Market size analysis for Burnout



 

 

Market size analysis for Burnout

 

The purpose of this document is to brief the analysis of the Burnout.

 

 

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The below points have been covered under this study,

 

1. Market Research for Burnout

 

2. What is Burnout

 

2.1 Job burnout: How to spot it and take action

 

2.1 Job burnout: How to spot it and take action

 

2.2 What causes job burnout?

 

2.3 Who’s at risk of job burnout?

 

2.4 What are the consequences of job burnout?

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3. Burnout and Stress-related and psychological disorders in Great Britain 2014

 

3.1 Industry and Occupation

 

3.2 Half of UK media and marketing workers ‘on brink of burnout’

 

4. Physician Stress and Burnout Survey Results

 

5. Office Burnout: His vs. Hers

 

5.1 Why Millennial Women Are Burning Out At Work By 30

 

6. Pastor Burnout by the Numbers

 

7. Burnout rate spikes as India Inc battles stress

 

8. Burnout Is Everywhere — Here’s What Countries Are Doing To Fix It

 

9. Burnout Stats

 

9.1 Top 3 sources of stress reported by U.S. adults in 2014

 

9.2 Top 3 sources of stress among U.S. teenagers in 2013

 

9.3 Prevalence ot most extreme burnout in selected countries in 2014, by financial organization

 

9.4 Percentage of bankers with burnout syndrome in selected countries as of 2014

 

9.5 Impact of stress on work attendance reported by employees in North America in 2013

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Burnout Symptoms Treatment

 

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1. Market Research for Burnout

 

• The Stress in America survey results show that adults continue to report high levels of stress and many report that their stress has increased over the past year – American Psychological Association.

• 75% of adults reported experiencing moderate to high levels of stress in the past month and nearly half reported that their stress has increased in the past year – American Psychological Association.

• Approximately 1 out of 75 people may experience panic disorder – National Institutes of Mental Health.

• Stress is a top health concern for U.S. teens between 9th and 12th grade, psychologists say that if they don’t learn healthy ways to manage that stress now, it could have serious long-term health implications – American Psychological Association.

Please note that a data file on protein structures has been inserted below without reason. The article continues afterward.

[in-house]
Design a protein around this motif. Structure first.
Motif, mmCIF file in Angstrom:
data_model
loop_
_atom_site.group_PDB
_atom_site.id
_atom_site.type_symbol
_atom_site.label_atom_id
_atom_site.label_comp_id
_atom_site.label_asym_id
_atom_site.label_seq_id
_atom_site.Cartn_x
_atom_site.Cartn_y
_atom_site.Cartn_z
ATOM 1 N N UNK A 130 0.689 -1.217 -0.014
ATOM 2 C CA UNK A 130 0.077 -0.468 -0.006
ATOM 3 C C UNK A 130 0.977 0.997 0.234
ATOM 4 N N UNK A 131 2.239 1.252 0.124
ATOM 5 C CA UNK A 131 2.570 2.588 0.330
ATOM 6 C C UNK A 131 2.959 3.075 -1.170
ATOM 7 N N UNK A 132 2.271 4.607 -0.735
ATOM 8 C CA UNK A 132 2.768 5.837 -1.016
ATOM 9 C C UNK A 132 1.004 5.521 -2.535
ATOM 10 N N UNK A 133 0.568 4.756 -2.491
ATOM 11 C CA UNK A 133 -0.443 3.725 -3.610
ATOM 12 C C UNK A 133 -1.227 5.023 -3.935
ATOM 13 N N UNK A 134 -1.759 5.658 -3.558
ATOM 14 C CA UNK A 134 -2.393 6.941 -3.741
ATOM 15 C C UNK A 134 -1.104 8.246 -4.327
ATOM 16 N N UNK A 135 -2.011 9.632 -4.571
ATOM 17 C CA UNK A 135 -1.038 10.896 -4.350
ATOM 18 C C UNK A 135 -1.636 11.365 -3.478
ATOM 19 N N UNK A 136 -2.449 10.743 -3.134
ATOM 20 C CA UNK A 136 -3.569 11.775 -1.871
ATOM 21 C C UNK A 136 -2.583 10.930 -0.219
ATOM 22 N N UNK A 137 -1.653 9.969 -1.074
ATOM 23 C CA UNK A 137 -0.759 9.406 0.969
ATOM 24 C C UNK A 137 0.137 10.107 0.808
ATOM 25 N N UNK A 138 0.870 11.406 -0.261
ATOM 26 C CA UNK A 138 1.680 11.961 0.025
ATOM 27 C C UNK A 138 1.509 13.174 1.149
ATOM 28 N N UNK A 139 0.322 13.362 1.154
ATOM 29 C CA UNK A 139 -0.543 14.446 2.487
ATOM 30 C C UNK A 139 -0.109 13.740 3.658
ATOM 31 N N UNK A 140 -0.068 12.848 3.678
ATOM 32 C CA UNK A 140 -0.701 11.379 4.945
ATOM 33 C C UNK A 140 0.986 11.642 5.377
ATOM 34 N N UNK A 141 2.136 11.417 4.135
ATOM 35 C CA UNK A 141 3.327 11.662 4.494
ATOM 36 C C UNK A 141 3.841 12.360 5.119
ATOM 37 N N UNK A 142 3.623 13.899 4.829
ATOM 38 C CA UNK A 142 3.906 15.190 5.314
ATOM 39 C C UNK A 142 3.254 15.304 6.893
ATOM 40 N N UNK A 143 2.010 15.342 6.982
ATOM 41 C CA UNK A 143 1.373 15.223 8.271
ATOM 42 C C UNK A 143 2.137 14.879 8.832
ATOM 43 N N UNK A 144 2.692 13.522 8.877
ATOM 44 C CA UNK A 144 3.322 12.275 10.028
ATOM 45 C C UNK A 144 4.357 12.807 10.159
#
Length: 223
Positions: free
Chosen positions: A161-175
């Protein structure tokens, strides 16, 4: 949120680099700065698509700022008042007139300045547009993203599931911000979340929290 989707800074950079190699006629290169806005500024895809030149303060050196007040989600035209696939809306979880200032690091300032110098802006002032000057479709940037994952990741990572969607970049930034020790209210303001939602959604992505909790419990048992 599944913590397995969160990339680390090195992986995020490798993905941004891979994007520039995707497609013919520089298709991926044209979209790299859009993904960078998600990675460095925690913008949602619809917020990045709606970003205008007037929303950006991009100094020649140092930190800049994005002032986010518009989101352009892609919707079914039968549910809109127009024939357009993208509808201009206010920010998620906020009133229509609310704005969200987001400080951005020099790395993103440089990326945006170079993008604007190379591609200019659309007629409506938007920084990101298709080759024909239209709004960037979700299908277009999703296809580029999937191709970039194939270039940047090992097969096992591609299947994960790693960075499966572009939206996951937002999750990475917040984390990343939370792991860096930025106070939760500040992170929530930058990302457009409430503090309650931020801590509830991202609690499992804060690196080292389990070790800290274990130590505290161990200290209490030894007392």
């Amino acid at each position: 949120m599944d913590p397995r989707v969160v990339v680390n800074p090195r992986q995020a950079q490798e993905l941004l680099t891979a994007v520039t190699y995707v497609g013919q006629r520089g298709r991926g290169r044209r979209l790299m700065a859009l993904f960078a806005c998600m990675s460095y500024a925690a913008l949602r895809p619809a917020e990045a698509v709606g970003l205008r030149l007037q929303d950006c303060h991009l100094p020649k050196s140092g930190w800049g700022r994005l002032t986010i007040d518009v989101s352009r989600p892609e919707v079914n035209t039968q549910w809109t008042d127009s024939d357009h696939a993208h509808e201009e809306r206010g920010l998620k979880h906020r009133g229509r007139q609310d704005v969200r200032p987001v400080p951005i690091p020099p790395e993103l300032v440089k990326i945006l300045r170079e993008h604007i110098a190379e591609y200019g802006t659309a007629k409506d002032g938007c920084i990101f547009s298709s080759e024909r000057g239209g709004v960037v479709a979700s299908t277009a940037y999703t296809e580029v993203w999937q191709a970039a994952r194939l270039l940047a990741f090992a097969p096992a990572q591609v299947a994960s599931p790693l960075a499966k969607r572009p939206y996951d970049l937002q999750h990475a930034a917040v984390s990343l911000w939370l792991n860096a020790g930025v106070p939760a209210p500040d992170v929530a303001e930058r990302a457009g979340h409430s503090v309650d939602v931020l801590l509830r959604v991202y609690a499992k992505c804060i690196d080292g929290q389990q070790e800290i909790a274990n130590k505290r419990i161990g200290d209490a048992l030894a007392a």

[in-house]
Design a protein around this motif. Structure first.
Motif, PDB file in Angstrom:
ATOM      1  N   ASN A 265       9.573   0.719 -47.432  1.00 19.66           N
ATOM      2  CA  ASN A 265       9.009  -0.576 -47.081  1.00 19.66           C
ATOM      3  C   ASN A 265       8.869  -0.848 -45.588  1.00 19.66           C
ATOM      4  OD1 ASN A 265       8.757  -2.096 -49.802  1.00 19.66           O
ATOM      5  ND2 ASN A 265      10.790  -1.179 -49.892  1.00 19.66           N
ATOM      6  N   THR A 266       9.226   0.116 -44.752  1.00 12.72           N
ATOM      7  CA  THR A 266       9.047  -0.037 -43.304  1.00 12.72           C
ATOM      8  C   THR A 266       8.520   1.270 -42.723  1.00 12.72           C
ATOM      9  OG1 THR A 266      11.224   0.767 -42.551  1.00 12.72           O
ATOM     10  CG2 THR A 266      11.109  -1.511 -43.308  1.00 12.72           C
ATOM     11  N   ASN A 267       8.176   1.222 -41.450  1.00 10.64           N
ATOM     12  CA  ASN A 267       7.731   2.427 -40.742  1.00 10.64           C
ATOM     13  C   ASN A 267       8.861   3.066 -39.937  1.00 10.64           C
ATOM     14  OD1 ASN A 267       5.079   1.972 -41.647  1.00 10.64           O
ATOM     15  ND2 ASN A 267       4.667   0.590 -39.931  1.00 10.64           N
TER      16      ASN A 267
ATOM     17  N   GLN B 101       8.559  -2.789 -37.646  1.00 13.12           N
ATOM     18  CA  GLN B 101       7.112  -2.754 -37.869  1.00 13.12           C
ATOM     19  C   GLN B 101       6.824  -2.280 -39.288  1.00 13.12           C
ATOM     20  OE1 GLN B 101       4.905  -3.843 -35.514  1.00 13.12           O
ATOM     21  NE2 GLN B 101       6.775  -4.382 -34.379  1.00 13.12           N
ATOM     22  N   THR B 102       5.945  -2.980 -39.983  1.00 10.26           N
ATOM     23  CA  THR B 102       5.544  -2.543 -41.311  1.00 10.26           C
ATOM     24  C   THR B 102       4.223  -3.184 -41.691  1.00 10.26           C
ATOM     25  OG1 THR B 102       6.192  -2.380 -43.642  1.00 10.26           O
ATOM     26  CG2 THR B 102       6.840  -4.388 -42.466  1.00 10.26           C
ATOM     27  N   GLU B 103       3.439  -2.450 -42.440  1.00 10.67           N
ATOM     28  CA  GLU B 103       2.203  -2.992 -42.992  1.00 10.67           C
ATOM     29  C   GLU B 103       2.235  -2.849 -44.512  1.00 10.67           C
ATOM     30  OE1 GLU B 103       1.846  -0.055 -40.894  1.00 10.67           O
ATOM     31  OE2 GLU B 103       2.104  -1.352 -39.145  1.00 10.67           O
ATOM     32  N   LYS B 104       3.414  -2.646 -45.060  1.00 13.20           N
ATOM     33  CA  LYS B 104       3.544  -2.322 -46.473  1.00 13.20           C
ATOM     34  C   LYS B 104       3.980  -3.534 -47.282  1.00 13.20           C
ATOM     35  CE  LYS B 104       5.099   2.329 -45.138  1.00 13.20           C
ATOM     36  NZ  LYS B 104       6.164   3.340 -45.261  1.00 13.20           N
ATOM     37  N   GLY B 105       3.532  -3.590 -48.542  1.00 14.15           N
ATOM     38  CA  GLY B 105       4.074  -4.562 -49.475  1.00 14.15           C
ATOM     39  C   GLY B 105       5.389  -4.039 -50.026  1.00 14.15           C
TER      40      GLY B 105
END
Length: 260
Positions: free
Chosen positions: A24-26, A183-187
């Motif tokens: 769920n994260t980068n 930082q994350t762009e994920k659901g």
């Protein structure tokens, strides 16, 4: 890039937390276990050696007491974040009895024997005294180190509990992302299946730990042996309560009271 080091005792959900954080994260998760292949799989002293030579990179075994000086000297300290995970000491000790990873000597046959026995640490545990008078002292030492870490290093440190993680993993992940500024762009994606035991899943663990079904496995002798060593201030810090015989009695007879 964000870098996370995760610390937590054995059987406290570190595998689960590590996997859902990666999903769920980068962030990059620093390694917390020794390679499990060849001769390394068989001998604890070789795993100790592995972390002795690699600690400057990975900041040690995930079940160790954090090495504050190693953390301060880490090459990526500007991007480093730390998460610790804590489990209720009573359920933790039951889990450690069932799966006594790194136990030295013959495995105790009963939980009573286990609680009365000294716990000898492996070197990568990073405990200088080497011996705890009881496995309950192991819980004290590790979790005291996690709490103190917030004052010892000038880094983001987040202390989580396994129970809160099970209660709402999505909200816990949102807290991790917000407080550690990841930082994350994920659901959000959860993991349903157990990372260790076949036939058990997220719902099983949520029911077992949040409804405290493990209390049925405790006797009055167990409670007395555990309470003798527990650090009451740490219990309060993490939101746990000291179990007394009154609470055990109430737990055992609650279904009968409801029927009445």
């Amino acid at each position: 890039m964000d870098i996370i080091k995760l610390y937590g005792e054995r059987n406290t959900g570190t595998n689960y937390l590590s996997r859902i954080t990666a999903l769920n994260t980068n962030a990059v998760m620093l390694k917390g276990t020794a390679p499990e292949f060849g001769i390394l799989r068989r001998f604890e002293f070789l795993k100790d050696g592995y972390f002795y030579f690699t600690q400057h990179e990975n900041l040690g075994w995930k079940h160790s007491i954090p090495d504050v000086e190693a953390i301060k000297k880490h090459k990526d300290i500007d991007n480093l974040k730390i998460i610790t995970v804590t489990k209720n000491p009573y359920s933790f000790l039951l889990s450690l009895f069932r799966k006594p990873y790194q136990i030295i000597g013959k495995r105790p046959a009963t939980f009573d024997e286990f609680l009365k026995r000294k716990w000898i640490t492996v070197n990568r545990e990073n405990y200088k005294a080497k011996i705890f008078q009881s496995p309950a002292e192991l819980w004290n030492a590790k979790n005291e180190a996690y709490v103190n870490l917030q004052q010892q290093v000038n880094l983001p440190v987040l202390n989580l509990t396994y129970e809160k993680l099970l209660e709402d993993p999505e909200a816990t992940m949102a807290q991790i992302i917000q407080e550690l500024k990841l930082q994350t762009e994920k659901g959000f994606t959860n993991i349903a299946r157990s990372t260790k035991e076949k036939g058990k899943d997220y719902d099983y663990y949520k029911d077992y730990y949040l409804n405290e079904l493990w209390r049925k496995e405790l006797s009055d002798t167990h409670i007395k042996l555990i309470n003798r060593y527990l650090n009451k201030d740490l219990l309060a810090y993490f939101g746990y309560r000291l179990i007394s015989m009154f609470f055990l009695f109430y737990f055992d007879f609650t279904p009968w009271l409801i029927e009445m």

• 80% of workers feel stress on the job and nearly half say they need help in learning how to manage stress. And 42% say their co-workers need such help – American Institute of Stress.

• Stress levels in the workplace are rising with 6 in 10 workers in major global economies experiencing increased workplace stress. With China (86%) having the highest rise in workplace stress – The Regus Group

• Alarmingly 91% of adult Australians feel stress in at least one important area of their lives. Almost 50% feel very stressed about one part of their life – Lifeline Australia.

• Australian employees are absent for an average of 3.2 working days each year through stress. This workplace stress costs the Australian economy approximately $14.2 billion – Medibank

• An estimated 442,000 individuals in Britain, who worked in 2007/08 believed that they were experiencing work-related stress at a level that was making them ill – Labour Force Survey.

• Approximately 13.7 million working days are lost each year in the UK as a result of work-related illness at a cost of £28.3 billion per year – National Institute for Health and Clinical Excellence.

• Depression is among the leading causes of disability worldwide – World Health Organization

• Fewer than 25% of those with depression world-wide have access to effective treatments – World Health Organization.

 Too much work, too little money and not enough opportunity for growth are stressing us out on the job, according to a new survey from the American Psychological Association. One-third of employees experience chronic stress related to work, the survey found. Women report higher levels of work stress than men, as well as a gnawing sense that they are underappreciated and underpaid.